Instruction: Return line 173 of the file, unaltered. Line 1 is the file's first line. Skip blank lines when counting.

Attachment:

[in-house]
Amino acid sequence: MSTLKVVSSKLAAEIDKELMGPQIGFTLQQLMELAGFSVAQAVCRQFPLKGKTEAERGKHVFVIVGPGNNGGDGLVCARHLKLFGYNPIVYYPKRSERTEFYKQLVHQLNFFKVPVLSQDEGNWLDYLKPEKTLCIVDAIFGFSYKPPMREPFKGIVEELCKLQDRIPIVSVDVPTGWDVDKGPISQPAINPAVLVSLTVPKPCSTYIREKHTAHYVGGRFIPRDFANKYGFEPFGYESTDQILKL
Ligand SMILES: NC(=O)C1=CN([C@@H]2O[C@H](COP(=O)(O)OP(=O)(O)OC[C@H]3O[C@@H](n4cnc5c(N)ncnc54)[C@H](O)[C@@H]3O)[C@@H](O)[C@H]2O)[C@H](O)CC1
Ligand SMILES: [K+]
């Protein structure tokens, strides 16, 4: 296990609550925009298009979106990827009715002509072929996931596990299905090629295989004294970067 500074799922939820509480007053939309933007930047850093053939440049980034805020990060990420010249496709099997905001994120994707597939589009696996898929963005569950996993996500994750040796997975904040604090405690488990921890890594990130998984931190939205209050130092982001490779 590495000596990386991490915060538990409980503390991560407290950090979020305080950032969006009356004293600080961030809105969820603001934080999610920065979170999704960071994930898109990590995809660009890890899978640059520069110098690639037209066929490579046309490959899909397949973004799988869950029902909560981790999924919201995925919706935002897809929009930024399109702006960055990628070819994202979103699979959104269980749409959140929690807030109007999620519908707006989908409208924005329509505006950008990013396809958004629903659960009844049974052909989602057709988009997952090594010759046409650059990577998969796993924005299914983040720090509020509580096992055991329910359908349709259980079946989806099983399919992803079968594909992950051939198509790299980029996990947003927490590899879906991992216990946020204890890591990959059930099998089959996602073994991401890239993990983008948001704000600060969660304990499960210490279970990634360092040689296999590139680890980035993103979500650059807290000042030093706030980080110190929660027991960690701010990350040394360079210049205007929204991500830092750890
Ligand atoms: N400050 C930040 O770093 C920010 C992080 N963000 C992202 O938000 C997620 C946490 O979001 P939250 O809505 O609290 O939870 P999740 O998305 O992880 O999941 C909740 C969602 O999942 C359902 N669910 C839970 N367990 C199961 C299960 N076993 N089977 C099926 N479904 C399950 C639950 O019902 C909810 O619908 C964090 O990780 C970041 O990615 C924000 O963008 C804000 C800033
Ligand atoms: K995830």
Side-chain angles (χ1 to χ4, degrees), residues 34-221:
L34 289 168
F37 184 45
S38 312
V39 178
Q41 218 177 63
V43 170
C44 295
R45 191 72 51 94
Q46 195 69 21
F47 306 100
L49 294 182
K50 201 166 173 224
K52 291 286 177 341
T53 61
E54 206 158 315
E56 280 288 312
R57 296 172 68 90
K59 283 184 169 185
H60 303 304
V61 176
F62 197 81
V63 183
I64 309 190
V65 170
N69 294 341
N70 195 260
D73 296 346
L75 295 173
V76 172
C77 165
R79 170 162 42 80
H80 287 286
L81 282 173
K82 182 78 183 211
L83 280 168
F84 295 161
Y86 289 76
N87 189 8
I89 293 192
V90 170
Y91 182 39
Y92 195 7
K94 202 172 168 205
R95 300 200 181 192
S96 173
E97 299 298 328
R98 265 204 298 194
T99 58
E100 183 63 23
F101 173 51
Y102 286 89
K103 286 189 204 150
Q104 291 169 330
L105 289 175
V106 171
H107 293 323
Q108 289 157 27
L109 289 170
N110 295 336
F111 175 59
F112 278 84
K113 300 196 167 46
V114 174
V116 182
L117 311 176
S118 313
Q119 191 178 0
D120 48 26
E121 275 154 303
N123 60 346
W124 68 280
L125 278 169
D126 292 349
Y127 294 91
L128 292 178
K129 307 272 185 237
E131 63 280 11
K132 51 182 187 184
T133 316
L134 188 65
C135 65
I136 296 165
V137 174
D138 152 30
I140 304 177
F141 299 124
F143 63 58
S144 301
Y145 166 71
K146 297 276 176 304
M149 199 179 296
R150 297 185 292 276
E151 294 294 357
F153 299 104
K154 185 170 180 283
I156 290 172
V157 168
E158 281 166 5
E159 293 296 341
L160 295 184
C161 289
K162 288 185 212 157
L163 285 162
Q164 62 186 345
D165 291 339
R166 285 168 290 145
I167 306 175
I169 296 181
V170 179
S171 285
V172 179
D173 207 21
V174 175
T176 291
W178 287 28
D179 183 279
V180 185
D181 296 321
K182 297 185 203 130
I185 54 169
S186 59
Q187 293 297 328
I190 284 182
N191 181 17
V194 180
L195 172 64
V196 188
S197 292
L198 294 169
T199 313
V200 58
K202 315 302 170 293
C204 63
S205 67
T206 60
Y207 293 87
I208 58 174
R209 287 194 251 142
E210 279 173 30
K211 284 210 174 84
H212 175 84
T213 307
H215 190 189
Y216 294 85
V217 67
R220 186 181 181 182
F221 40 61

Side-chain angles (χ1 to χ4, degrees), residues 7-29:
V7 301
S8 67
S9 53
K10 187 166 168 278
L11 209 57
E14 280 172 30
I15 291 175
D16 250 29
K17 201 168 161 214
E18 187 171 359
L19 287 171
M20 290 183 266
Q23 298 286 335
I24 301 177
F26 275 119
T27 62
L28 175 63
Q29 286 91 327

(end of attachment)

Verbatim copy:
L28 175 63